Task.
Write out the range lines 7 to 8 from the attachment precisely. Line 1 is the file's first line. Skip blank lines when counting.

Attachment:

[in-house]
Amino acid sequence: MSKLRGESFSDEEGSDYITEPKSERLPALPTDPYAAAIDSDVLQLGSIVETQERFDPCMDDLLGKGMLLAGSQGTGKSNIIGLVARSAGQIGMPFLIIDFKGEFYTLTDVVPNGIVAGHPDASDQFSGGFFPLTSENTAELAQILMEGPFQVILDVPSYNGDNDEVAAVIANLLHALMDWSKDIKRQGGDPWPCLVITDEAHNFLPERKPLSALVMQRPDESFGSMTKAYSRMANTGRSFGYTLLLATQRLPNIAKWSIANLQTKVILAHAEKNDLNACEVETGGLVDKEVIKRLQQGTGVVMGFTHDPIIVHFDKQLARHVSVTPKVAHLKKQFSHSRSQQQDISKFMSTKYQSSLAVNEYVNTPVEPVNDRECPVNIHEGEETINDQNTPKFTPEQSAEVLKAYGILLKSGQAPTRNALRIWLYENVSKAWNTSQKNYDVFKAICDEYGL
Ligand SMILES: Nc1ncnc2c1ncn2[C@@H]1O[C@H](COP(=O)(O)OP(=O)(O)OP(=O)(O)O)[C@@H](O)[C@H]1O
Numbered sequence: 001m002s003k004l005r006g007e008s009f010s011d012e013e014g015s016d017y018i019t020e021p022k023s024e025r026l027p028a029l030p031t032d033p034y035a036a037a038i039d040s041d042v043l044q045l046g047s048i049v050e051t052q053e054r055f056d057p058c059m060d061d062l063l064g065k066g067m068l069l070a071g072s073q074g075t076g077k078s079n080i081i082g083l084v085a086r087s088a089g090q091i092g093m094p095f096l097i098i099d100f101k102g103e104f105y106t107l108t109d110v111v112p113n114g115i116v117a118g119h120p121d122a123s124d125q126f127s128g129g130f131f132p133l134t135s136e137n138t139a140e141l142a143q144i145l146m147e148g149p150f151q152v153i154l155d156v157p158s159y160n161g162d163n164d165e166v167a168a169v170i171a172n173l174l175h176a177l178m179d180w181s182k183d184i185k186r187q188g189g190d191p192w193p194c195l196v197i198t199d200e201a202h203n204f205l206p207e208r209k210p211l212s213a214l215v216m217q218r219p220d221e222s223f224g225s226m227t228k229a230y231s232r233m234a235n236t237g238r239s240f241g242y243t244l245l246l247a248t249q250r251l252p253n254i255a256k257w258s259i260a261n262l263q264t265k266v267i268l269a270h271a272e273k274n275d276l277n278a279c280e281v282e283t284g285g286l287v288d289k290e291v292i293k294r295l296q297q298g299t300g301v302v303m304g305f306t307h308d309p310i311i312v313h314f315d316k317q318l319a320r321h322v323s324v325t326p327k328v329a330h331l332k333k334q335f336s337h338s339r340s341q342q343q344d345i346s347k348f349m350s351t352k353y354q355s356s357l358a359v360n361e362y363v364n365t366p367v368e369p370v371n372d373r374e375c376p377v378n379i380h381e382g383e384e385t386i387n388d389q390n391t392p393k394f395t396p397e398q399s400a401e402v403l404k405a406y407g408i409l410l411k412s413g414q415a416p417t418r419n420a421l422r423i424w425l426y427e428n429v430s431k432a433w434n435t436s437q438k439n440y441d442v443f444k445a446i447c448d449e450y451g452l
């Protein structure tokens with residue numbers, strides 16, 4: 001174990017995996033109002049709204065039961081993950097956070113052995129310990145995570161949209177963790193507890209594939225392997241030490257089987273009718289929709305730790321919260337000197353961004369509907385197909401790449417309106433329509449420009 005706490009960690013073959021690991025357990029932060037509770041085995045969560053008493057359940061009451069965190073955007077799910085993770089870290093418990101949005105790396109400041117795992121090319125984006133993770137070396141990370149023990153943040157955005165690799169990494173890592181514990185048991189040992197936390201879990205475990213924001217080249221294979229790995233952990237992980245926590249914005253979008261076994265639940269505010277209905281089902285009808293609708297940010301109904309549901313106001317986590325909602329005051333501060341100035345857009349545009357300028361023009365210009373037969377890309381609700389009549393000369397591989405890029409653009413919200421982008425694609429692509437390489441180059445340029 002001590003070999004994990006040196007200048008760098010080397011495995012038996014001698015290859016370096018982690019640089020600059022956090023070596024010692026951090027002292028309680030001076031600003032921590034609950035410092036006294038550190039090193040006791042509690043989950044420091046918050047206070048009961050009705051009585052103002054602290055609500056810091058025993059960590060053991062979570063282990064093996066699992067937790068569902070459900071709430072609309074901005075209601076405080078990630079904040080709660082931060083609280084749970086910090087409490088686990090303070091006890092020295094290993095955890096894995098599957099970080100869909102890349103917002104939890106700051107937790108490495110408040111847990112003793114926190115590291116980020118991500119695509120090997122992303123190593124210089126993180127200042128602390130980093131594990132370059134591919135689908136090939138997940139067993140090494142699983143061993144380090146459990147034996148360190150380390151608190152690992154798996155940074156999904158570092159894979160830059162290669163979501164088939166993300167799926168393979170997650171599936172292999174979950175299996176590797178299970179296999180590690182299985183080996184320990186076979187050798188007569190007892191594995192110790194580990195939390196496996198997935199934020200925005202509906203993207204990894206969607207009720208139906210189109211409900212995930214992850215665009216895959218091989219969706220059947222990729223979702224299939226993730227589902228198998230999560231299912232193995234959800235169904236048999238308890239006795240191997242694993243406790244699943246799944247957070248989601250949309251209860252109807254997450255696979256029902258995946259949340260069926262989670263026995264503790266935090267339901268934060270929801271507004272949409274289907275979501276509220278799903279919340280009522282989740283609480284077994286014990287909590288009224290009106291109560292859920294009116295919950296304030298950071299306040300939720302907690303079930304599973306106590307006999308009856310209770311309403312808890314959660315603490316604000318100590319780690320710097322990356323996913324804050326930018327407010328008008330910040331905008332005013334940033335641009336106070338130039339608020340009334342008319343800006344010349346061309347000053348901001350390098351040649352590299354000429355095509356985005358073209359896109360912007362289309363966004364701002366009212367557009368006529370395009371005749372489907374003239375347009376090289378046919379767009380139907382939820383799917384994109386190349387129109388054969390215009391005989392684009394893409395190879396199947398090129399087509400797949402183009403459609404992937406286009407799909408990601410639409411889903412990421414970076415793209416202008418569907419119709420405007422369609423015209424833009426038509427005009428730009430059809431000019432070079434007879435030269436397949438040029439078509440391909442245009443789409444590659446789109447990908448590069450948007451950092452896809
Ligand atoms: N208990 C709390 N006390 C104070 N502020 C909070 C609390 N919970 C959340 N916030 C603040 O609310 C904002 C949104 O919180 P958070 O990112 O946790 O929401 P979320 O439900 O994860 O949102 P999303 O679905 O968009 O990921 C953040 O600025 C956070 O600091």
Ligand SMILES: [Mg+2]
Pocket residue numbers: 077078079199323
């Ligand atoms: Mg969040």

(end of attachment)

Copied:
Ligand SMILES: [Mg+2]
Pocket residue numbers: 077078079199323